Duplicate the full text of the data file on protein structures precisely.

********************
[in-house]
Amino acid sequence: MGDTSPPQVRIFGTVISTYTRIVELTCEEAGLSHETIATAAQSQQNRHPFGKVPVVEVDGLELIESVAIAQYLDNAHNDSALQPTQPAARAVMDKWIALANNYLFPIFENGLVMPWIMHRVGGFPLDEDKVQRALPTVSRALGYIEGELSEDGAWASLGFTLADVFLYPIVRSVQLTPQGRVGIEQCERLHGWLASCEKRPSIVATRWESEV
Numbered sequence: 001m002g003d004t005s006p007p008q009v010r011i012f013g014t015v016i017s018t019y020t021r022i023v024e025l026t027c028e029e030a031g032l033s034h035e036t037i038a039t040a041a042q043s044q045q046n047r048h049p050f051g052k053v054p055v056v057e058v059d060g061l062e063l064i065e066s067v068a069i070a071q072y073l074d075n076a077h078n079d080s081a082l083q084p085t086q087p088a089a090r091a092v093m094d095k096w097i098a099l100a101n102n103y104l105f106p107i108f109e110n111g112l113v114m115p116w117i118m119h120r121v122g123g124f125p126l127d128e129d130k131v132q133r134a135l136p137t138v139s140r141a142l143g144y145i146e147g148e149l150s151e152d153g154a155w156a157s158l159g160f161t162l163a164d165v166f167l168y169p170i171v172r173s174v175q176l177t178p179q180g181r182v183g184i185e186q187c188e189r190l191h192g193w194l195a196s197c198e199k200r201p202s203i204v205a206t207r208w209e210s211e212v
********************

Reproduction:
[in-house]
Amino acid sequence: MGDTSPPQVRIFGTVISTYTRIVELTCEEAGLSHETIATAAQSQQNRHPFGKVPVVEVDGLELIESVAIAQYLDNAHNDSALQPTQPAARAVMDKWIALANNYLFPIFENGLVMPWIMHRVGGFPLDEDKVQRALPTVSRALGYIEGELSEDGAWASLGFTLADVFLYPIVRSVQLTPQGRVGIEQCERLHGWLASCEKRPSIVATRWESEV
Numbered sequence: 001m002g003d004t005s006p007p008q009v010r011i012f013g014t015v016i017s018t019y020t021r022i023v024e025l026t027c028e029e030a031g032l033s034h035e036t037i038a039t040a041a042q043s044q045q046n047r048h049p050f051g052k053v054p055v056v057e058v059d060g061l062e063l064i065e066s067v068a069i070a071q072y073l074d075n076a077h078n079d080s081a082l083q084p085t086q087p088a089a090r091a092v093m094d095k096w097i098a099l100a101n102n103y104l105f106p107i108f109e110n111g112l113v114m115p116w117i118m119h120r121v122g123g124f125p126l127d128e129d130k131v132q133r134a135l136p137t138v139s140r141a142l143g144y145i146e147g148e149l150s151e152d153g154a155w156a157s158l159g160f161t162l163a164d165v166f167l168y169p170i171v172r173s174v175q176l177t178p179q180g181r182v183g184i185e186q187c188e189r190l191h192g193w194l195a196s197c198e199k200r201p202s203i204v205a206t207r208w209e210s211e212v